The Royce J. and Caroline B. Watts Museum at West Virginia University has announced the opening of Light/Lubricant/Liniment: The Early Years of Oil Production and Consumption in West Virginia, 1860–1900.
The exhibition, open through October 31, focuses on the development of West Virginia’s oilfields following Edwin Drake’s 1859 drilling of the first successful oil well in the United States, and explores oil production and usage in late-19th-century America.
Using techniques developed by salt well drillers, early petroleum entrepreneurs launched a search for oil in the mid-19th century. Following the lead of oil pioneers in Pennsylvania, western Virginians first drilled for petroleum in 1860. They successfully struck oil near Burning Springs, Virginia (now West Virginia), triggering a migration of oilmen to the area and the rapid development of numerous oilfields.
Between 1860 and 1900, West Virginia supplied a considerable share of the oil produced and consumed in the U.S. Through historical photographs, archival documents, model oil derricks and displays of early drilling tools, Light/Lubricant/Liniment looks back at the role of West Virginia in America’s early oil industry.
In addition, the exhibition showcases a variety of objects that illustrate the three main uses of liquid petroleum in the late 1800s – as a lighting oil, a lubricating oil and a medicinal oil. Objects on display include kerosene lamps, Standard Oil lubricant samples and early Vaseline bottles, among others.
The volume of oil production in West Virginia grew steadily until 1900, when the state’s oil industry reached its peak. In the early 1900s, gasoline surpassed lighting oil as the most common use for petroleum and oil companies shifted their focus to wells in the western U.S. West Virginia’s oil activity declined as 19th-century drilling methods became largely obsolete.
Light/Lubricant/Liniment was curated by Danielle M. Petrak, museum coordinator of the Royce J. and Caroline B. Watts Museum. The objects featured in the exhibition are either owned by the Watts Museum or on loan from other institutions and private collections.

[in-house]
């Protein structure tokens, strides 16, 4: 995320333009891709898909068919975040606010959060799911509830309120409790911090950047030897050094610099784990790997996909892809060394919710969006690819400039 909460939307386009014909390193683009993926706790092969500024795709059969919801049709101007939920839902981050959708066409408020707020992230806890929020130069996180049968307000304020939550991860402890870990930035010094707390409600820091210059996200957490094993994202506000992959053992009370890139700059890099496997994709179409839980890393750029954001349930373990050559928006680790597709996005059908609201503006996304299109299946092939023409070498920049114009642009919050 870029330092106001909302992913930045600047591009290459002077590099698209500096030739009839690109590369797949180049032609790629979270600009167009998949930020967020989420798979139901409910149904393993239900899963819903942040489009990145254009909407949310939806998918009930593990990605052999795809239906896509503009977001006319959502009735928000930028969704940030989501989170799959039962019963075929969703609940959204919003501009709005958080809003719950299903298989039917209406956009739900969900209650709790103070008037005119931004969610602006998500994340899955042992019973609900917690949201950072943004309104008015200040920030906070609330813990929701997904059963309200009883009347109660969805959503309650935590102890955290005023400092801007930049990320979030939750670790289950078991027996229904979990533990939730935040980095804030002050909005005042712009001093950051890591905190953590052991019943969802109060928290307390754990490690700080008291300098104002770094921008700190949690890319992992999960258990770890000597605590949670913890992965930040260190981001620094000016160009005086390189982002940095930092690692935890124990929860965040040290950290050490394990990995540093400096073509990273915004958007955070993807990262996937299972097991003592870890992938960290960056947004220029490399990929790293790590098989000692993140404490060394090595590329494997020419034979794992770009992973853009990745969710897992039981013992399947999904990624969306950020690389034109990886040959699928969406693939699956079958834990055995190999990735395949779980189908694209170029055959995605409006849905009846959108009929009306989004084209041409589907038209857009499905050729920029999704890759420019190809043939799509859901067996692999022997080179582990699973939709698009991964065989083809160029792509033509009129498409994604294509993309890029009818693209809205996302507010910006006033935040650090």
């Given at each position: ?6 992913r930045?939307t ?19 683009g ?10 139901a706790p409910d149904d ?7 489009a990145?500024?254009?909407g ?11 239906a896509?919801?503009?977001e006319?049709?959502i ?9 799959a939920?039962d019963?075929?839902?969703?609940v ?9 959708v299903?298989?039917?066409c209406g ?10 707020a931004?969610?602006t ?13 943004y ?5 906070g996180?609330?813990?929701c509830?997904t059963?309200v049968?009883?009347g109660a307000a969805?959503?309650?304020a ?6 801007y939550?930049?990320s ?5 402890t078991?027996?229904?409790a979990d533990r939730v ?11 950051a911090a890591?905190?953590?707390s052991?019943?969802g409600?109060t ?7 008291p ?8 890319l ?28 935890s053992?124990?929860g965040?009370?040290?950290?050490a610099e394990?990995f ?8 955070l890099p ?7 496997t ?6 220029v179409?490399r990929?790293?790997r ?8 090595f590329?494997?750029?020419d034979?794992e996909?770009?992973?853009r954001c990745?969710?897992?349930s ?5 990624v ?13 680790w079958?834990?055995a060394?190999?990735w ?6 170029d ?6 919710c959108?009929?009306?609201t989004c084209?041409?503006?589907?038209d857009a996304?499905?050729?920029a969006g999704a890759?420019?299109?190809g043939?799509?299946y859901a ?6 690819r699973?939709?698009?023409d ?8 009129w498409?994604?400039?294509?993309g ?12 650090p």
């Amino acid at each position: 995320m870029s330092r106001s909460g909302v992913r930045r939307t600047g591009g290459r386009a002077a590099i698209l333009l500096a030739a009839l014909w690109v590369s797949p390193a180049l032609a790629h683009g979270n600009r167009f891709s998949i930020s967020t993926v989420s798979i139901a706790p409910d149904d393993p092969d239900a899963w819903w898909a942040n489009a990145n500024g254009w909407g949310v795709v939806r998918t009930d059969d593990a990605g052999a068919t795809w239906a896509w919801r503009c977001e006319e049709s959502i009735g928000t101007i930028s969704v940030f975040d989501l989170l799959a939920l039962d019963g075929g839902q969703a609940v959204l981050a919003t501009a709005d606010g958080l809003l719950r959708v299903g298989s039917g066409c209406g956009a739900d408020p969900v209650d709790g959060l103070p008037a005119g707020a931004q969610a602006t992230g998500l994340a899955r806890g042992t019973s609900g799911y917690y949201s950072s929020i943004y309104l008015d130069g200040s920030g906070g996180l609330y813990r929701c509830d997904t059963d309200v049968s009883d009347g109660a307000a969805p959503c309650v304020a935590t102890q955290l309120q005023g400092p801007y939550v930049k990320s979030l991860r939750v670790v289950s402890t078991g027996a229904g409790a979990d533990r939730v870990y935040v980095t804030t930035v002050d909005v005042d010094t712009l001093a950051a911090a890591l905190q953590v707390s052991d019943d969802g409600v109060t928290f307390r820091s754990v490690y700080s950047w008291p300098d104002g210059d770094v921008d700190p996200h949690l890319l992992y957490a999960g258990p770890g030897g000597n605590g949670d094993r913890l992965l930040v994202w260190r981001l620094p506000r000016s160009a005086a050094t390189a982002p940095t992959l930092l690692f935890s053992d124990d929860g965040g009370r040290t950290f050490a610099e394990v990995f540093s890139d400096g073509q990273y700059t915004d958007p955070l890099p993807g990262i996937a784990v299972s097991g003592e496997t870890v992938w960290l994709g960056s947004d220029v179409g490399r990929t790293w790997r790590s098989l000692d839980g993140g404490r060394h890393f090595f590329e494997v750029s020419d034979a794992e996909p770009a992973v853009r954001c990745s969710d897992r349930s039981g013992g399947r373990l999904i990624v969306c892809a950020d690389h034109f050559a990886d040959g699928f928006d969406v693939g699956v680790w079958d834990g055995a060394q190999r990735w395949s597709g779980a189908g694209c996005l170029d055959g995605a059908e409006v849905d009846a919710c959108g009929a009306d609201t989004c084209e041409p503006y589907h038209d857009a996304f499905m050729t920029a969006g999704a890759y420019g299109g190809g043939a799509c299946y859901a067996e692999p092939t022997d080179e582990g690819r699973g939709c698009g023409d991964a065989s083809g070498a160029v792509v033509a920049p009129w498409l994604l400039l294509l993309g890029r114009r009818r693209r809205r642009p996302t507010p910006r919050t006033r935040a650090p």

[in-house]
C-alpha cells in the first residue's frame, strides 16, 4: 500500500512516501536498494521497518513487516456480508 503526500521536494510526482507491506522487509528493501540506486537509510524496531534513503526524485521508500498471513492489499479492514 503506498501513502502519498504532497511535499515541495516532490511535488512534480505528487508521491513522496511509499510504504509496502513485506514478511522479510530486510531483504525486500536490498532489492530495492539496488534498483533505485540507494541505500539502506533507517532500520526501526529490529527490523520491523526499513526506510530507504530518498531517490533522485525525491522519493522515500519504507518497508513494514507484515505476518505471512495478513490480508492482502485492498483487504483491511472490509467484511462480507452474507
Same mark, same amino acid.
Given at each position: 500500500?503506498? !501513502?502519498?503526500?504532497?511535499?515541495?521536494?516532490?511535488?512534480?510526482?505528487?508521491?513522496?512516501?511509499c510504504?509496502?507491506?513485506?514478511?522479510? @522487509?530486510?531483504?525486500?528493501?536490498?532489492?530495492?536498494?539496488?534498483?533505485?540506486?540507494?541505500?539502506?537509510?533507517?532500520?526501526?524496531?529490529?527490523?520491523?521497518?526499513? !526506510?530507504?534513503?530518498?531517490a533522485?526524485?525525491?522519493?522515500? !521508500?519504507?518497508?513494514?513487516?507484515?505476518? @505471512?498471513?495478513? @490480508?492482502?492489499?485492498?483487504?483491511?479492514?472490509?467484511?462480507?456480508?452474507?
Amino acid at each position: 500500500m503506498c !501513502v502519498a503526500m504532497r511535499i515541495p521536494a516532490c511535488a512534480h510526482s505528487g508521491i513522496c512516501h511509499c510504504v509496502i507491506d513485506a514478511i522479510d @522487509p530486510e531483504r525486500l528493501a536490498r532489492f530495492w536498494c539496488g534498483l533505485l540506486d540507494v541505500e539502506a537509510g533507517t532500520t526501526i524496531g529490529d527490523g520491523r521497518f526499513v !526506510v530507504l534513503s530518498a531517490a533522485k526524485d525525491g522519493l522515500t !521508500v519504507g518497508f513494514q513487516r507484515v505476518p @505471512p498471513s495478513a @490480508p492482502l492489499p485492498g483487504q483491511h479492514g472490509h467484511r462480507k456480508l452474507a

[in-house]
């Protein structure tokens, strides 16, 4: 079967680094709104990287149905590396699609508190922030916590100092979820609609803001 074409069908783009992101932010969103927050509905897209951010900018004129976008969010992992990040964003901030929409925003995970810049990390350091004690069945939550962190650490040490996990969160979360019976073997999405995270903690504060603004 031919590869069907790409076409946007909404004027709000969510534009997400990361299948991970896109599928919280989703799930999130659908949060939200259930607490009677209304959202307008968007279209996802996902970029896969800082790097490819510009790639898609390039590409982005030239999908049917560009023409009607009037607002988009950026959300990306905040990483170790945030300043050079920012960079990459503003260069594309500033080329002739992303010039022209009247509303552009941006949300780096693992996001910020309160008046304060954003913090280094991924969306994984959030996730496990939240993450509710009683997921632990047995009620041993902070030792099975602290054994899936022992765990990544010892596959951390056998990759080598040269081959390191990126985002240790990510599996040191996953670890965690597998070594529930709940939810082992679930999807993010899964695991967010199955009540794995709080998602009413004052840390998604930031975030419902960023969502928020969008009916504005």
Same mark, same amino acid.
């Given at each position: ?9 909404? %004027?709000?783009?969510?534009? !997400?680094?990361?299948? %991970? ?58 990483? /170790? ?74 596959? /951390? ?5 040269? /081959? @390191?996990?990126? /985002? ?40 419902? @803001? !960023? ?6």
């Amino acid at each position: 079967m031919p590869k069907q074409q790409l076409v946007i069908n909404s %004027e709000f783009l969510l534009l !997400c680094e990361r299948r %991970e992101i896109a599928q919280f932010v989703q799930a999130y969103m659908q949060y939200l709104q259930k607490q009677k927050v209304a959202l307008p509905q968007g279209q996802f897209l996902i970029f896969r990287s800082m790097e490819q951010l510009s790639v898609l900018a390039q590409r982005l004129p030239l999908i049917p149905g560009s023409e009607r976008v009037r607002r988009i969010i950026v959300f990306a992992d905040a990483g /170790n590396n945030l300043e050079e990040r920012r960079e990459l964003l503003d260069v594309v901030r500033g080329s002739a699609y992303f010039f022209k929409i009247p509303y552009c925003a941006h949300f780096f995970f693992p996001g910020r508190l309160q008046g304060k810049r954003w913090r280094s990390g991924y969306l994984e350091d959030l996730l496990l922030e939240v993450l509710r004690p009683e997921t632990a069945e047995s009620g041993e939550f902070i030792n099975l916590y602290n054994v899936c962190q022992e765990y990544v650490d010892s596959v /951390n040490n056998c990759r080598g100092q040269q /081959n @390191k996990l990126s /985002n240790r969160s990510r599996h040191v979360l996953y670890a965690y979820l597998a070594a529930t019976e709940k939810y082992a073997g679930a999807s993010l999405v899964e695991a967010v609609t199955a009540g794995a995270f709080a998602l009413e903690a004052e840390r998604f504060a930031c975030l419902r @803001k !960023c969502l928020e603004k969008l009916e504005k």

An exhibition reception will be held Sept. 9, from 4:30p.m. to 6:30p.m. The reception is free to the public.
Hours and Location
The Royce J. and Caroline B. Watts Museum is open Monday, Wednesday and Friday from 1 p.m. to 4 p.m. or by appointment. Admission to the Watts Museum is free, and parking is available at the WVU Coliseum.
The Watts Museum is located in Room 125 of the Mineral Resources Building on the Evansdale Campus of West Virginia University.
For additional information, please contact Danielle M. Petrak, museum coordinator, at 304.293.4609 or firstname.lastname@example.org.
Housed in the College of Engineering and Mineral Resources at West Virginia University, the Royce J. and Caroline B. Watts Museum is dedicated to preserving and promoting the social, cultural and technological history of the coal, oil and natural gas industries of the state of West Virginia through the collection, preservation, research and exhibition of objects relevant to these industries. The Museum is named in honor of Royce J. Watts, associate dean of the College of Engineering and Mineral Resources, and his wife, Caroline, who have tirelessly supported its mission.
The Museum’s permanent collection includes a wide selection of mining and drilling artifacts, including flame safety lamps, mine rescue equipment, canary cages and model oil derricks. Books, archival documents and a large collection of historical mining photographs are also included in the museum’s holdings.
Selections from the Museum’s permanent collection are always on view, and several temporary exhibitions are displayed each year.
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Danielle M. Petrak, Museum Coordinator
Nicole Riggleman, Public Relations and Marketing, College of Engineering and Mineral Resources